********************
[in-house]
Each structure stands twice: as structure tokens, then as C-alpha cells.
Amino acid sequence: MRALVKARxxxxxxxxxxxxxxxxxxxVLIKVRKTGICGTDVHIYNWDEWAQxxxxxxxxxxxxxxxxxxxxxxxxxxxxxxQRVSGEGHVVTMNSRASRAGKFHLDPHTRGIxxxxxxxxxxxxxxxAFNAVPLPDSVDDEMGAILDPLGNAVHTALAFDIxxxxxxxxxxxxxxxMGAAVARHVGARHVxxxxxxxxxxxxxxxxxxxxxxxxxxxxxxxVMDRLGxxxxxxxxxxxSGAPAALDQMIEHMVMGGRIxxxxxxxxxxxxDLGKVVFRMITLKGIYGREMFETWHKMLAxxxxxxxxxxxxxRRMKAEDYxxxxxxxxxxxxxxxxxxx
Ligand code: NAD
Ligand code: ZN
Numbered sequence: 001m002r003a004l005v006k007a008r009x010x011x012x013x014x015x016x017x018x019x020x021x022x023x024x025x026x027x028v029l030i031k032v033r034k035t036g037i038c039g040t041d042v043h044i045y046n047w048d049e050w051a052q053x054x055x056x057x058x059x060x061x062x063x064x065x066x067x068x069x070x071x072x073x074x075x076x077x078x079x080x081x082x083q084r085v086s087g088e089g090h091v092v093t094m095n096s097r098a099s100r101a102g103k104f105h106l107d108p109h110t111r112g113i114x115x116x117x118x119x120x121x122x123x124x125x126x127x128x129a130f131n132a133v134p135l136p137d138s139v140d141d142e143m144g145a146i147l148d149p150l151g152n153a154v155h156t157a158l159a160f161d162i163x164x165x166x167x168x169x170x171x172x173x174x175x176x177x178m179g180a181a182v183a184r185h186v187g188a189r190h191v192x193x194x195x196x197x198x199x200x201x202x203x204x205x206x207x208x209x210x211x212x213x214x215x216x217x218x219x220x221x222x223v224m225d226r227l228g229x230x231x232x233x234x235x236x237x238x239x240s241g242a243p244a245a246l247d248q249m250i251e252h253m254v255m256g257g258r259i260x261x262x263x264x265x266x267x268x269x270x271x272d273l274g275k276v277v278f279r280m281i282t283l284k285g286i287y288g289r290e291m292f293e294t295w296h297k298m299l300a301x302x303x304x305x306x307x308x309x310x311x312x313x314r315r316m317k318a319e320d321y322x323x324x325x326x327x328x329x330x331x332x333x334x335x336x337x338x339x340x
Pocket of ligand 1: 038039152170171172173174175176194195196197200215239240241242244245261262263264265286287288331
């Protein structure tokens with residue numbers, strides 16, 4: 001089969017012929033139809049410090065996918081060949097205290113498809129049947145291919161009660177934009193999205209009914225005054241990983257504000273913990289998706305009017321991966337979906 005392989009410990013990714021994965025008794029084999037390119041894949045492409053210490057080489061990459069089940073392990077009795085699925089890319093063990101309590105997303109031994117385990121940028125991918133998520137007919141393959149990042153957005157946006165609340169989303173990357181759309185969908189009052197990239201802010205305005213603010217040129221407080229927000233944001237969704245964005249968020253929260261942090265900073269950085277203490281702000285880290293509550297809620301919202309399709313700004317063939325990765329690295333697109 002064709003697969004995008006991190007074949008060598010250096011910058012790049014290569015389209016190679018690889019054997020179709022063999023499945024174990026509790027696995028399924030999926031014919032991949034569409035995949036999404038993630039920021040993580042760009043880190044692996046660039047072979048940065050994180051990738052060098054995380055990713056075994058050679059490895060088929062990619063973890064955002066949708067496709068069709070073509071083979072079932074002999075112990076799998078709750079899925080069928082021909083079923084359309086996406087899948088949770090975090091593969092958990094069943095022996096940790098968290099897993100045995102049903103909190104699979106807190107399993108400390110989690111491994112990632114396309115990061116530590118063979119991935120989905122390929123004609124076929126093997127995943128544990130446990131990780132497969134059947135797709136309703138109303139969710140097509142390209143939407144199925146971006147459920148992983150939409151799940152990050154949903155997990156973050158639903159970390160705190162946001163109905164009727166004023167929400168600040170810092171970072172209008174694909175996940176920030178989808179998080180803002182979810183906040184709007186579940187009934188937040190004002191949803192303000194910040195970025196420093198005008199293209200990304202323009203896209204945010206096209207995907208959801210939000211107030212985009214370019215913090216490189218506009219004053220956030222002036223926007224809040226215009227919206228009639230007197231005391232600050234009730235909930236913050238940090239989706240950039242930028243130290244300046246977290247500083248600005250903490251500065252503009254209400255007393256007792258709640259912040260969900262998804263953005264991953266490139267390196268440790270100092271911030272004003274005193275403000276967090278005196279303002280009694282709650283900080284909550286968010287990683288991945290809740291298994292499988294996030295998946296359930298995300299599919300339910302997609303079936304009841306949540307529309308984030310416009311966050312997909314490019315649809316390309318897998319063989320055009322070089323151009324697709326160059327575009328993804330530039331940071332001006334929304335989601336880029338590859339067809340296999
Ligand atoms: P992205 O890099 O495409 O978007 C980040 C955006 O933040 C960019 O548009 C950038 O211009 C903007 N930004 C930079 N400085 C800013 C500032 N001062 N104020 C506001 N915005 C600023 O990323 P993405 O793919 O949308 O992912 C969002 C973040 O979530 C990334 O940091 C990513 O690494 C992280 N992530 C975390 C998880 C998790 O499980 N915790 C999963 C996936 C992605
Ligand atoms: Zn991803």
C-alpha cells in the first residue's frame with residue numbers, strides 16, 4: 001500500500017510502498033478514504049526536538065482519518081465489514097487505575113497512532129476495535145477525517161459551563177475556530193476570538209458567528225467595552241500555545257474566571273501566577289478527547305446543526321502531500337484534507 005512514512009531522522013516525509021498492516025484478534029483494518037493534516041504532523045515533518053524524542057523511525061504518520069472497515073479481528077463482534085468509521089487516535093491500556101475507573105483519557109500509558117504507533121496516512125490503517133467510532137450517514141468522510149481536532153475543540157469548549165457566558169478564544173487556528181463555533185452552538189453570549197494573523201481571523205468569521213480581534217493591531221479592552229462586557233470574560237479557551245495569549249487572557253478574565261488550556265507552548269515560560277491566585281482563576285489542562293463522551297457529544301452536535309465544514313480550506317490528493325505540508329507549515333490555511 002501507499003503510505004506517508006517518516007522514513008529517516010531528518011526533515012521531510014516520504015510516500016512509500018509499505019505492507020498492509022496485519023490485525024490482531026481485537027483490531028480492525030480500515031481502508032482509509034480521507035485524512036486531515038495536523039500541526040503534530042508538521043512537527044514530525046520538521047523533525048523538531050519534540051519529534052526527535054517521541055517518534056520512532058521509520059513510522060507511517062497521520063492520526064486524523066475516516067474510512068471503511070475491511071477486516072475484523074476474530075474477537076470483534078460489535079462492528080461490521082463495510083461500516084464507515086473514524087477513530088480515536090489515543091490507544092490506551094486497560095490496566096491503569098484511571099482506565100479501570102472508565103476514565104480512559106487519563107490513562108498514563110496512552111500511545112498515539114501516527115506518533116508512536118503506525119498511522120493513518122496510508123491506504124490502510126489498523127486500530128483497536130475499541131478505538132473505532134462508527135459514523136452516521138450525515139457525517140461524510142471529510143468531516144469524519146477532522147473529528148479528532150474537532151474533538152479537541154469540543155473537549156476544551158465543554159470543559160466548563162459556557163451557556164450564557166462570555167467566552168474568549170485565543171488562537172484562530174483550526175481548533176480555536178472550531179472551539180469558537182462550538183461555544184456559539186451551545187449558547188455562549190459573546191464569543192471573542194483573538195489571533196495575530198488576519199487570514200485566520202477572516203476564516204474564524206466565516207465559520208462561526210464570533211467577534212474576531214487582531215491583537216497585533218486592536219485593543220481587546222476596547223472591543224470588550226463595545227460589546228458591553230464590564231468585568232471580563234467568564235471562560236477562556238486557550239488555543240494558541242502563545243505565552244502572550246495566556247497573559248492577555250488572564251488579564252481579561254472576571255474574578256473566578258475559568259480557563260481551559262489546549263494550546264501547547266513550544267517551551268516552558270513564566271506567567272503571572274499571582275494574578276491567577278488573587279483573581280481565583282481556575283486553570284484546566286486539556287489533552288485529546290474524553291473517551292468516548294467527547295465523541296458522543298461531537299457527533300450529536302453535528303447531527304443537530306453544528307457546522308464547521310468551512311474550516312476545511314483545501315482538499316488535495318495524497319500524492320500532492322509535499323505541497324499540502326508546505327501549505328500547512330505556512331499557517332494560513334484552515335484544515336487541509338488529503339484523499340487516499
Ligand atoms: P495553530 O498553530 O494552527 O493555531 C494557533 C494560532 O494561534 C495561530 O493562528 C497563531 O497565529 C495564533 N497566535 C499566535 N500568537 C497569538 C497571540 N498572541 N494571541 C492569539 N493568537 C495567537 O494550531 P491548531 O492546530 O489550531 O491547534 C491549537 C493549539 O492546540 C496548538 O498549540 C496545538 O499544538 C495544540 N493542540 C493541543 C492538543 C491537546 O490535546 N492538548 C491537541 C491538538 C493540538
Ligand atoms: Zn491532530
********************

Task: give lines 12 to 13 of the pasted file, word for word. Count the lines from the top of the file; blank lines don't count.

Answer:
Ligand atoms: P495553530 O498553530 O494552527 O493555531 C494557533 C494560532 O494561534 C495561530 O493562528 C497563531 O497565529 C495564533 N497566535 C499566535 N500568537 C497569538 C497571540 N498572541 N494571541 C492569539 N493568537 C495567537 O494550531 P491548531 O492546530 O489550531 O491547534 C491549537 C493549539 O492546540 C496548538 O498549540 C496545538 O499544538 C495544540 N493542540 C493541543 C492538543 C491537546 O490535546 N492538548 C491537541 C491538538 C493540538
Ligand atoms: Zn491532530